In physics a nucleon is a collective name for the two baryons the neutron and the proton. They are constituents of the atomic nucleus and till the 1960s were thought to be elementary. In those days their interactions (now called internucleon interactions) defined strong interactions. Now they is known to be a composite particles, and made of quarks and gluons. Understanding the nucleons' properties is one of the major goals of quantum chromodynamics, the modern theory of strong interactions.

The proton is the lightest baryon and its stability is a measure of baryon number conservation. The proton's lifetime thus puts strong constraints on speculative theories which try to extend the standard model of particle physics. The neutron decays into the protons through the prototype weak decay. The two are members of an isospin I=1/2 doublet.


The proton

With quantum numbers 1/2+, charge +1, and mass of 938.272029±0.000080 MeV, the proton is the nucleus of a hydrogen atom (1H1). It has a magnetic moment of 2.792847351±0.000000028 nuclear Bohr magnetons. The electric dipole moment is consistent with zero; the bound on it is that it must be less than 0.54×10-23 ecm.

In some speculative grand unified theories it may decay. The half-life for this decay has been limited to be greater than 2.1×1029 years. The charge radius is measured mainly through elastic electron-proton scattering and is 0.870±0.008 fm. For specific decay modes, into antilepton or lepton and a meson, the bound is often better than 1032 years. The proton is therefore taken to be a stable particle, and baryon number is assumed to be conserved.

For more details see the article on the proton.

The neutron

The neutron has no charge, has JP of 1/2+, and mass of 939.565360±0.000081. The most precise measurements of its decay lifetime are mainly from traps of various kinds and in beams. The lifetime of a neutron is 885.7±0.8 secs. It has the weak decay

<math>n\to p+e+\overline\nu_e<math>

Its magentic moment is -1.91304273±0.00000045 nuclear Bohr magnetons. Both time reversal and parity invariance of the strong interactions implies that the neutron's electric dipole moment must be zero. Observations have, however, only put a bound on it: that it must be less than 0.63×10-23 ecm. The mean-square charge radius related to the scattering length measured in low energy electron-neutron scattering. For the neutron it is -0.1161±0.0022 fm2.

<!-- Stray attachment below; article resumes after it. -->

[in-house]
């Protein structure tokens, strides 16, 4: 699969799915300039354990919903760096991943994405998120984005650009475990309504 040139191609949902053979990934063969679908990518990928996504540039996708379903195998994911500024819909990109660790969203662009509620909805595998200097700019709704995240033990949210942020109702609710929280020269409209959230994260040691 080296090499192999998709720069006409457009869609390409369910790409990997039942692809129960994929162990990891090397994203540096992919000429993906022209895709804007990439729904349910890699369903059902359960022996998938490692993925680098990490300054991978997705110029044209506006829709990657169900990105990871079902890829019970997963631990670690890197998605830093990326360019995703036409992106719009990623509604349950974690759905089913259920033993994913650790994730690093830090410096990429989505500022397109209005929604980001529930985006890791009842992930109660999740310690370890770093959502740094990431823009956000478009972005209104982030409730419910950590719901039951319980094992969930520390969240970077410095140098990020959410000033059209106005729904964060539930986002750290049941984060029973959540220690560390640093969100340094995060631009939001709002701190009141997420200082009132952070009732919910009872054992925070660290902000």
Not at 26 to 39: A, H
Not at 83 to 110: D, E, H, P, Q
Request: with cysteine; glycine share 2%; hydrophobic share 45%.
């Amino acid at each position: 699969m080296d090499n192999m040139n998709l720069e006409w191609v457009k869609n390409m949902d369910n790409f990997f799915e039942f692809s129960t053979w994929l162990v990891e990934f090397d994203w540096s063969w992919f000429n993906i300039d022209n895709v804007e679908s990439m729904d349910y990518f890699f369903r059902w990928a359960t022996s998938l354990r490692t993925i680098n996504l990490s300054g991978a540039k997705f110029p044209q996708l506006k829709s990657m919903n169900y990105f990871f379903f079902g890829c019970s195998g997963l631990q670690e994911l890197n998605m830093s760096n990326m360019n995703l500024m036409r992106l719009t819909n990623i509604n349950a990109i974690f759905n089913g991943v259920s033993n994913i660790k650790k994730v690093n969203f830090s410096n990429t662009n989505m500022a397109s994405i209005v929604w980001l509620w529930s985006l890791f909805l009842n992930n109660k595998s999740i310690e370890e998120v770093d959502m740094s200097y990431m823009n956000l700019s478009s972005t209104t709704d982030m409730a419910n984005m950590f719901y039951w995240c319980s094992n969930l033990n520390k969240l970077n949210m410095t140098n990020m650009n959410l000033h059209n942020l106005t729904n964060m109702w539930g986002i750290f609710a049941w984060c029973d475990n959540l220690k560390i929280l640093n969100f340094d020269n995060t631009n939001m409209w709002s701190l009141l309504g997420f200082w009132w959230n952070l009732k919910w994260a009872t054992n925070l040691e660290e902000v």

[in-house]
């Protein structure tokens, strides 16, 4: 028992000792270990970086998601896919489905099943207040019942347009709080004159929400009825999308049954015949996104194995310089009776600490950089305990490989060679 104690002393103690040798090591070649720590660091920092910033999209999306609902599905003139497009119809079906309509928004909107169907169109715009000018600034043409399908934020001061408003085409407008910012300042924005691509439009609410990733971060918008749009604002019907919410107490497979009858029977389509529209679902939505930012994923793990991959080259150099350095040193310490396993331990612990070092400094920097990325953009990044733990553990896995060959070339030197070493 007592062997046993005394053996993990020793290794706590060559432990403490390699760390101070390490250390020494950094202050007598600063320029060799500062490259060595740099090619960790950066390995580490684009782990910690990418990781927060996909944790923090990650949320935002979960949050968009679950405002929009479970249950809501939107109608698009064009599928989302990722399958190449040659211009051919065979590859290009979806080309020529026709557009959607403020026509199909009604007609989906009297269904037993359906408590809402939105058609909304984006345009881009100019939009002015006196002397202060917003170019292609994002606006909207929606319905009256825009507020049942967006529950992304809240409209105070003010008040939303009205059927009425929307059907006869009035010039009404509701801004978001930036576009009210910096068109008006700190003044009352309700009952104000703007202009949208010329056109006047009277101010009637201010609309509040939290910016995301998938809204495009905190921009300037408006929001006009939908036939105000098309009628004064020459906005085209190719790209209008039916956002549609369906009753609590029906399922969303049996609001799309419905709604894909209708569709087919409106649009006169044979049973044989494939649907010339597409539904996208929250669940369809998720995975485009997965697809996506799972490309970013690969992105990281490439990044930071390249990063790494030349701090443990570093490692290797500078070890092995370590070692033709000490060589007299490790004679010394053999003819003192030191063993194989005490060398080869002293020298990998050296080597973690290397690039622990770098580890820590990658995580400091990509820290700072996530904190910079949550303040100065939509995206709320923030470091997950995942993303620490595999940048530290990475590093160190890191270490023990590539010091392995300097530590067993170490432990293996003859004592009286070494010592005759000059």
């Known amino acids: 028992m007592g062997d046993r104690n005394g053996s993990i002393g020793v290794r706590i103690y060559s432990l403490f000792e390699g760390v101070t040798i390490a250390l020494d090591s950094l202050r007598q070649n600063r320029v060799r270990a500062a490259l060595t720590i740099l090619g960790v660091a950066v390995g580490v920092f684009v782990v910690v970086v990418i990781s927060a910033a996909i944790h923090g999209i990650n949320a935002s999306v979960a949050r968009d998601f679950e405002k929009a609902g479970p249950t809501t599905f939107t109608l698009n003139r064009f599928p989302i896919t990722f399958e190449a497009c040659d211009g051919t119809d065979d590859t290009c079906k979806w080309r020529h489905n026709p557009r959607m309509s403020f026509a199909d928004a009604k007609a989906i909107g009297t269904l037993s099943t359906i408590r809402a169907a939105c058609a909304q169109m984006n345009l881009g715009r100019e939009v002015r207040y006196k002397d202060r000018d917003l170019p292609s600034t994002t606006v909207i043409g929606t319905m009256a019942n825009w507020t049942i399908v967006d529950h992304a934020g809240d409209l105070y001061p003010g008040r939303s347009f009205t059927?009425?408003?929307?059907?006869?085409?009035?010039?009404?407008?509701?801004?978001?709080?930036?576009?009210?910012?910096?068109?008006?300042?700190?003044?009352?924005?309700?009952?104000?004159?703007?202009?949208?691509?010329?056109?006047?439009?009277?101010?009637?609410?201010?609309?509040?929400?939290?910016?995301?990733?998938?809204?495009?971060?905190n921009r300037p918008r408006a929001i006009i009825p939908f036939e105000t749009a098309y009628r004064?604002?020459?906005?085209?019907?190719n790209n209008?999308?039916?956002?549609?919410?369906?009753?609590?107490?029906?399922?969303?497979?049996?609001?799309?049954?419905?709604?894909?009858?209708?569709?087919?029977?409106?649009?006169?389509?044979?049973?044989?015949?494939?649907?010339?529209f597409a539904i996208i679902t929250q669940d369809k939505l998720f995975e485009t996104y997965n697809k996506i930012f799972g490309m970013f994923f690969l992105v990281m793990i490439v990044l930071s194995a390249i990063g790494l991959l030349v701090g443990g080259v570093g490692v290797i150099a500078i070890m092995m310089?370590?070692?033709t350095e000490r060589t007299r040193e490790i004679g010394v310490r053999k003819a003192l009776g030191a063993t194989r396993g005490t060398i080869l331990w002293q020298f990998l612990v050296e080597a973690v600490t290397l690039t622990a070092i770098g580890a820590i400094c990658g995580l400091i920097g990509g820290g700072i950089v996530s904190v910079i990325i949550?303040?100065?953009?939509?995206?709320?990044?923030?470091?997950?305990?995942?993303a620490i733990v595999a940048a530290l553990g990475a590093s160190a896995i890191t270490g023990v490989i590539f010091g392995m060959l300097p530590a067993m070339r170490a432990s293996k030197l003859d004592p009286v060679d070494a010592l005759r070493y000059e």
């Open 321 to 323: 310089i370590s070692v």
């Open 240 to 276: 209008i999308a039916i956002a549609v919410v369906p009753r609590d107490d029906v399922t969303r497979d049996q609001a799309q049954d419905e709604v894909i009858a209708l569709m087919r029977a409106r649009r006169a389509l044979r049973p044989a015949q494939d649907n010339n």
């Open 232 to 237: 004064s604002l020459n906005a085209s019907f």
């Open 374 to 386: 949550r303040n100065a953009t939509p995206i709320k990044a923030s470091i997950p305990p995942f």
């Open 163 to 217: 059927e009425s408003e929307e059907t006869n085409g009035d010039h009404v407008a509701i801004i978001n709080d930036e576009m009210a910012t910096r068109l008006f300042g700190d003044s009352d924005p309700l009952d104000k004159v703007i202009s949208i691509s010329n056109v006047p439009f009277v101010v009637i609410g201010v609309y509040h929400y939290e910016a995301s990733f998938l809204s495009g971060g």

Violation of baryon number conservation may give rise to oscillations between the neutron and antineutron, through processes which change B by two units. Using free neutrons from nuclear reactors, as well as neutrons bound inside nuclei, the mean time for these transitions is found to be greater than 1.3×108 seconds. The much poorer bound, as compared to protons, is related to the difficulty of the observations.

A limit on electric charge non-conservation comes from the observed lack of the decay

<math>n\to p+\nu_e+\overline\nu_e<math>

The observations which limit the branching fraction of the neutron in this decay channel to less than one part in 8×10-27 are all done looking for appropriate decays of nuclei (A→A and Z→Z+1).

For more details see the article on the neutron.


CPT-symmetry puts strong constraints on the relative properties of particles and antiparticles and, therefore, is open to stringent tests. For example, the charges of the proton and the antiproton have to be equal. This equality has been tested to one part in 10-8). The equality of their masses is also tested to better than one part in 10-8. By holding antiprotons in a Penning trap, the equality of the charge to mass ratio of the proton has been tested to 1 part in 90×10-12. The magnetic moment of the antiproton has been found with error of 8×10-3 nuclear Bohr magnetons, and is found to be equal and opposite to that of the proton. For the neutron-antineutron system, the masses are equal to one part in (9±5)×10-5.

Quark model classification

In the quark model with SU(2) flavour, the two nucleons are part of the ground state doublet. The proton has quark content of uud, and the neutron, udd. In SU(3) flavour, they are part of the ground state octet (8) of spin 1/2 baryons. The other members of this octet are the hyperons strange isotriplet Σ0,±, the Λ and the strange iso-doublet Ξ0,-. One can extend this multiplet in SU(4) flavour (with the inclusion of the charm quark) to the ground state 20-plet.

See also

References and external links

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